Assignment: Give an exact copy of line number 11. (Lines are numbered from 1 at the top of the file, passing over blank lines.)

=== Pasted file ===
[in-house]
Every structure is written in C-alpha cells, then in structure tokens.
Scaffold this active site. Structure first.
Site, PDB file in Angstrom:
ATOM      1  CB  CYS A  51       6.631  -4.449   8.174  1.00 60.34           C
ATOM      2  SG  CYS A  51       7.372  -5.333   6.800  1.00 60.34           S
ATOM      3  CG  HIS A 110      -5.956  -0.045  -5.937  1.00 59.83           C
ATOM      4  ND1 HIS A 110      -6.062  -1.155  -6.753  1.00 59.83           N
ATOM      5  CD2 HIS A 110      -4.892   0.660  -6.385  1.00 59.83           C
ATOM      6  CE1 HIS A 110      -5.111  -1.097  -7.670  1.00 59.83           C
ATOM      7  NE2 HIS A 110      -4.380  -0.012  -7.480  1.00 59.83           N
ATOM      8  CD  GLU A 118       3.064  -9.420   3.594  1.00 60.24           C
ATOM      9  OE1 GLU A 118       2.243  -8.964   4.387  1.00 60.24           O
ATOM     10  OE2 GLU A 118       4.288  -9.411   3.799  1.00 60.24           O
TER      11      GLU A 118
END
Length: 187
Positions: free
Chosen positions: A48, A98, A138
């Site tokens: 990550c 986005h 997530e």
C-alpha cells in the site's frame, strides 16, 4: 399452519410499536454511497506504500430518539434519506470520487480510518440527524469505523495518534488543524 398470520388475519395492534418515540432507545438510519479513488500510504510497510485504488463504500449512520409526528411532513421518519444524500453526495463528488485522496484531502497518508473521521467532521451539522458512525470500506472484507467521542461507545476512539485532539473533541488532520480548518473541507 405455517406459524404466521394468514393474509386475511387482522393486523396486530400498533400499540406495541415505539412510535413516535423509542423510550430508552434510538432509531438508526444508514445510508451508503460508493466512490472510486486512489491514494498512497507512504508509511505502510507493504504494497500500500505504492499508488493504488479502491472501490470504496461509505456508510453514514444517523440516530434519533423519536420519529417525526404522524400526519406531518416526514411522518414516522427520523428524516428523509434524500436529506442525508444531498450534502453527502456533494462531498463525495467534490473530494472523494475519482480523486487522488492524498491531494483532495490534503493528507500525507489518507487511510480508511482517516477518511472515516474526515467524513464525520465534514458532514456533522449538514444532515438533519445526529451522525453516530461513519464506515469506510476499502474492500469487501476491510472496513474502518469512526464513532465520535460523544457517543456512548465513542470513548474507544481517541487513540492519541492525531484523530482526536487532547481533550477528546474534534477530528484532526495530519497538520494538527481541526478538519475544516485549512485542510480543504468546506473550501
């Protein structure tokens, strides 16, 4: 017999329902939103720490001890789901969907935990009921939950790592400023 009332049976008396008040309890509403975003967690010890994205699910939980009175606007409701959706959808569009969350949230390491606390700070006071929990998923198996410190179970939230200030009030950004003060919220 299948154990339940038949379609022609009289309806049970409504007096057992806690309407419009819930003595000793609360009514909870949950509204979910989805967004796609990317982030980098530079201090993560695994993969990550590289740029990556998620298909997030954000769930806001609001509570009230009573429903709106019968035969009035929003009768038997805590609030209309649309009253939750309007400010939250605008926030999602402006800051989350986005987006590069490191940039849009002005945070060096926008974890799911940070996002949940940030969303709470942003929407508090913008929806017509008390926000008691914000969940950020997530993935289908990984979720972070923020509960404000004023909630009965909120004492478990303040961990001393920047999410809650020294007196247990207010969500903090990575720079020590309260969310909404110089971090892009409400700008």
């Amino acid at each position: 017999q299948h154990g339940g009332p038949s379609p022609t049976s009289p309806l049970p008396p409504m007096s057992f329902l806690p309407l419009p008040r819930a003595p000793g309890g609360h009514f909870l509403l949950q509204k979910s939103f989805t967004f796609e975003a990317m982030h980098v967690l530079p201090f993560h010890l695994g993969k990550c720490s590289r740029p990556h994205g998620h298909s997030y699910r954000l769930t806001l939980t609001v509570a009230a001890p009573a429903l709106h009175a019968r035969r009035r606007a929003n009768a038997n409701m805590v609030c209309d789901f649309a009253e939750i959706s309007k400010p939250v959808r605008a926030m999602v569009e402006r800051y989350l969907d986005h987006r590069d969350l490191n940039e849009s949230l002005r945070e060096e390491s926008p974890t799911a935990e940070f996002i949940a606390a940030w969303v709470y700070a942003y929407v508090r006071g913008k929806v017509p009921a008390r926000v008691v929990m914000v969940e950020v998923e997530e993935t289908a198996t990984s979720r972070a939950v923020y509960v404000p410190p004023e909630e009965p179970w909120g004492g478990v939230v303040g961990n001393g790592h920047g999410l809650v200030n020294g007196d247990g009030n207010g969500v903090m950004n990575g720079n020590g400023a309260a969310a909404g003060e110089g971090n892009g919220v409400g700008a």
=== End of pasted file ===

ATOM      7  NE2 HIS A 110      -4.380  -0.012  -7.480  1.00 59.83           N